The government of Canada announced last week that all mechanically tenderized beef (MTB) sold in the country now has to be clearly labeled and the new labels will have to include instructions for safe cooking.
MTB is a process, used by food processing and food services firms, to improve the tenderness and flavor of beef. The practice involves using blades or needles to break down muscle fibers.
According to a report in Food Safety News, Canada last year published results from research that found that risk of E. coli O157 increased five-fold in MTB-treated beef, compared to untreated cuts.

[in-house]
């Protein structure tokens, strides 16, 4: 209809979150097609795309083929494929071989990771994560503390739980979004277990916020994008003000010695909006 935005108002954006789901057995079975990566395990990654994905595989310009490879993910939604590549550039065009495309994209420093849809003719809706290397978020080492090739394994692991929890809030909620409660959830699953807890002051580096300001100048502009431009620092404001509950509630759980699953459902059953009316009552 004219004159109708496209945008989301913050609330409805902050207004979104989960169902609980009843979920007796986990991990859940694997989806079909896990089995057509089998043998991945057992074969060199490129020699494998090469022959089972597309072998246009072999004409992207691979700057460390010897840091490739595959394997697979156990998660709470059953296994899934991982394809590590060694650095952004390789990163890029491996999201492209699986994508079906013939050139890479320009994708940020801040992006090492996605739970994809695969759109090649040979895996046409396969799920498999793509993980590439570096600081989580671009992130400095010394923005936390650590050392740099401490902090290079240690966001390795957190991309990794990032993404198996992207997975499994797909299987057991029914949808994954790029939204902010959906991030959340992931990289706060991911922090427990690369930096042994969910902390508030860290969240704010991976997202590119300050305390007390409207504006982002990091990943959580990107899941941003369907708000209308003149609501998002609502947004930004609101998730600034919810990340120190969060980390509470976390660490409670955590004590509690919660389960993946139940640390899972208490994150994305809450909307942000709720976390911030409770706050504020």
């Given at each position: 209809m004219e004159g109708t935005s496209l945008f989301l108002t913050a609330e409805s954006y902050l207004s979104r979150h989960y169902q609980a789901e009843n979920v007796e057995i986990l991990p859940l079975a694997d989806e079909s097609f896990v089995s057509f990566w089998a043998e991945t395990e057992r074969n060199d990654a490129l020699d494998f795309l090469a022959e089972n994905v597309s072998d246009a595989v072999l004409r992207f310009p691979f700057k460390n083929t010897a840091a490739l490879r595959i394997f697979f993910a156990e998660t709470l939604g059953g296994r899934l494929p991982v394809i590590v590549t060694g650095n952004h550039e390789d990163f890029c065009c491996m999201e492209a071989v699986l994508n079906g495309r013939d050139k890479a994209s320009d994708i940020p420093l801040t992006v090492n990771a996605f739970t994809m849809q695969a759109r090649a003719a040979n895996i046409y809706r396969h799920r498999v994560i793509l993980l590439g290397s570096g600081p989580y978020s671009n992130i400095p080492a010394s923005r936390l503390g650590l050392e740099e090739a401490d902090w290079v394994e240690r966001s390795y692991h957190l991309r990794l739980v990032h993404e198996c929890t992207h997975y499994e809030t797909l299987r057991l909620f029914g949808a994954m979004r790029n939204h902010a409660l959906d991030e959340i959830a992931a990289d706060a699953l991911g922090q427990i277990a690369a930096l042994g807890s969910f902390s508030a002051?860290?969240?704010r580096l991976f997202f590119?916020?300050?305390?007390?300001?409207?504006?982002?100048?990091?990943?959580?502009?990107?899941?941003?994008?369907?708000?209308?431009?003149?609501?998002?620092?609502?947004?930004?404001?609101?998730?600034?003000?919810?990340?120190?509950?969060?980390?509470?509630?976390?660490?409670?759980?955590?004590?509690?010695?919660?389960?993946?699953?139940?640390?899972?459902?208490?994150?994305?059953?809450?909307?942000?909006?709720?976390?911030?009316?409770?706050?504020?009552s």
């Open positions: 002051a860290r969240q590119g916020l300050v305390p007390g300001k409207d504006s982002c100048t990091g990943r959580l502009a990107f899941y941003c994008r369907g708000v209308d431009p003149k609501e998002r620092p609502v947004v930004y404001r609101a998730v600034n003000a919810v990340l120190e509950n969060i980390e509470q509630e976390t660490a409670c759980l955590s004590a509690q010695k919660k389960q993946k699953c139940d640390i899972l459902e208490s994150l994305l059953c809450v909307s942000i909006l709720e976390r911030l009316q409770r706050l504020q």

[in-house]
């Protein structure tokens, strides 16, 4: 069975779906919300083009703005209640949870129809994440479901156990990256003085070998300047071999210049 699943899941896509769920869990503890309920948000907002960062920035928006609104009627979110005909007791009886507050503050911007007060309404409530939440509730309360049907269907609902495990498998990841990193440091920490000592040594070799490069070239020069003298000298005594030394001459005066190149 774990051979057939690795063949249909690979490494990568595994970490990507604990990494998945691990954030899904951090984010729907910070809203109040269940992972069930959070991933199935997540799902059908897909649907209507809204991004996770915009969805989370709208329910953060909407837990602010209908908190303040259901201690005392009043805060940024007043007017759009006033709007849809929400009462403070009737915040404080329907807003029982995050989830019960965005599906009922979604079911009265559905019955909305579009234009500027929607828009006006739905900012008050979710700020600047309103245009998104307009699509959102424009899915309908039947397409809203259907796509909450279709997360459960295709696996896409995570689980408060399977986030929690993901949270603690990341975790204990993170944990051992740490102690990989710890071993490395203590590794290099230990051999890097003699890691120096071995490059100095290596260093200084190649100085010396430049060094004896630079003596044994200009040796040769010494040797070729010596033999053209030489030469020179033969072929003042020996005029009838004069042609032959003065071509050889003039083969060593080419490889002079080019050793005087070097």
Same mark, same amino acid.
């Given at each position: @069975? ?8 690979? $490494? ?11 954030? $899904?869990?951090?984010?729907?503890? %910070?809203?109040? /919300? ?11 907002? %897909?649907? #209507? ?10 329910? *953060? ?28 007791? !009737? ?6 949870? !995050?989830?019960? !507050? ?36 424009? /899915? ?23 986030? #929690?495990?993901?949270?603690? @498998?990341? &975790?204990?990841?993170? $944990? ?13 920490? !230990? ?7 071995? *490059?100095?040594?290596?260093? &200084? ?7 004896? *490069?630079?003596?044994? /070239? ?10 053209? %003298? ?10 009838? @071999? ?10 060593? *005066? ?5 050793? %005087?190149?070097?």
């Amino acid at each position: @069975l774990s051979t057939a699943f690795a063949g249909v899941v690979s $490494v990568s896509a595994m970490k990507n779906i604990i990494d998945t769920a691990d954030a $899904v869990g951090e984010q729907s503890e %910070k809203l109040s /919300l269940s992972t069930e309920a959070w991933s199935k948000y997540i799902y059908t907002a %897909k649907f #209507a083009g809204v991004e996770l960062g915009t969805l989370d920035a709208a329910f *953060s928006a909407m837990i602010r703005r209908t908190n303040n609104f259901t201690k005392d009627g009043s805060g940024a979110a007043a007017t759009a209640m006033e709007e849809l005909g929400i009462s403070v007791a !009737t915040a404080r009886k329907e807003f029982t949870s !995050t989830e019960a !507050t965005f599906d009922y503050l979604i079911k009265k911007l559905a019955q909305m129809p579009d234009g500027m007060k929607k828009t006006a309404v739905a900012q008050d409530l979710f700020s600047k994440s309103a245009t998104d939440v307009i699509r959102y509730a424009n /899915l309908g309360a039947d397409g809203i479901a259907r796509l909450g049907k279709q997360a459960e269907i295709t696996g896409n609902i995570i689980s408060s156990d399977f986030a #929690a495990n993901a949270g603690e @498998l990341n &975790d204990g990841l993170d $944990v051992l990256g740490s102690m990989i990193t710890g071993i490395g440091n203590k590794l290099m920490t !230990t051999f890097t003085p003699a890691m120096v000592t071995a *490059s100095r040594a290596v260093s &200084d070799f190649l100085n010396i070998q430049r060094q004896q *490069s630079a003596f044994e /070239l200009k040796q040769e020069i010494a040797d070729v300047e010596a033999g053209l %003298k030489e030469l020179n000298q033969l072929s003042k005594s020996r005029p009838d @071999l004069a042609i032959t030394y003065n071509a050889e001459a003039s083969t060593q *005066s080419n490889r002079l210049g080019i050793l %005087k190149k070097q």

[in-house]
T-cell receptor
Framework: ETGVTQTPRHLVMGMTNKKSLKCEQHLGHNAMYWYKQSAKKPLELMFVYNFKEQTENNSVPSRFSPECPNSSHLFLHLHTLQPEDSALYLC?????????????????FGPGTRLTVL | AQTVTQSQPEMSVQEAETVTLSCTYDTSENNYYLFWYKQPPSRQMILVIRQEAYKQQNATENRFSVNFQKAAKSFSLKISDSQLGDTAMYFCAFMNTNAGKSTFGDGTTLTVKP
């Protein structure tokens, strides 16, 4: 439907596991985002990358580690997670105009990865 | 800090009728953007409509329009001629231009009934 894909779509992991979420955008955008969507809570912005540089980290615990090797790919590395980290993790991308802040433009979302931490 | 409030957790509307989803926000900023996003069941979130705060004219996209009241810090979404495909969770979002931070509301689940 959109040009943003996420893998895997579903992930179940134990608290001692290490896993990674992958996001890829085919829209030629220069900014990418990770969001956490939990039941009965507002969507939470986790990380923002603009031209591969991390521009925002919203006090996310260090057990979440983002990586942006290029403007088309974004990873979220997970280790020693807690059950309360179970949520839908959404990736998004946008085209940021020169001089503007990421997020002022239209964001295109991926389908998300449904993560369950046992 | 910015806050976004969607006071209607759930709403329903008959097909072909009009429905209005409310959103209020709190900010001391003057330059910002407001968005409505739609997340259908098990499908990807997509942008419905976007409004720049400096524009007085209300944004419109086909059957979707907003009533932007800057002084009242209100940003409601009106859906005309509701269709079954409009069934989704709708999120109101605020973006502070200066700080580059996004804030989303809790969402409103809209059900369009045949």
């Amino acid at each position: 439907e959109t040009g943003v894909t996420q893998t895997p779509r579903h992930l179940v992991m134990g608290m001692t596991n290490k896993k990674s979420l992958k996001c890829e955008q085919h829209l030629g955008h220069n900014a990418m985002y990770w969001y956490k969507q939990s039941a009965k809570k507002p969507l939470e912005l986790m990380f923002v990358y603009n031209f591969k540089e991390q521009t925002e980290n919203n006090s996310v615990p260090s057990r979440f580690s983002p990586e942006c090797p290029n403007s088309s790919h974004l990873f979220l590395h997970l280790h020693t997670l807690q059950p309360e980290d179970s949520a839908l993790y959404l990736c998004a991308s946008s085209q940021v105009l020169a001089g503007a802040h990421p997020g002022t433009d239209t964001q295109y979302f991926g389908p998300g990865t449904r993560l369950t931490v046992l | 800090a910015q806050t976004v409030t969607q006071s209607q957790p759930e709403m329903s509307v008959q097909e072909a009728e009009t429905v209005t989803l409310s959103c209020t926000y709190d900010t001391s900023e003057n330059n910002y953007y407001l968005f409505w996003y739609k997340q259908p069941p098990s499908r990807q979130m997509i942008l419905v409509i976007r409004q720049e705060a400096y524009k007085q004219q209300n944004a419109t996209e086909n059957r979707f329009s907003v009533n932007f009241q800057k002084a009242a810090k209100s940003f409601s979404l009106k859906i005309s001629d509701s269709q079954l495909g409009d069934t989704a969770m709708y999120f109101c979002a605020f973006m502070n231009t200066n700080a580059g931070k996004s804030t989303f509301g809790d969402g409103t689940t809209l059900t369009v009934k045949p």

"Without clear labels, it is difficult for consumers to know which beef products have been mechanically tenderized," Canada's health minister Rona Ambrose said.
"This regulatory change is another step in our government's commitment to make certain that consumers have the food safety information they need," she added.
According to the regulatory change, MTB-treated beef should be cooked at a minimum internal temperature of 63 degrees C and the meat should be turned over at least twice during cooking to kill harmful bacteria that can cause food poisoning.
The Canadian Food Inspection Agency (CFIA) will be verifying that the new labels meet the requirements, outlined by the government last week.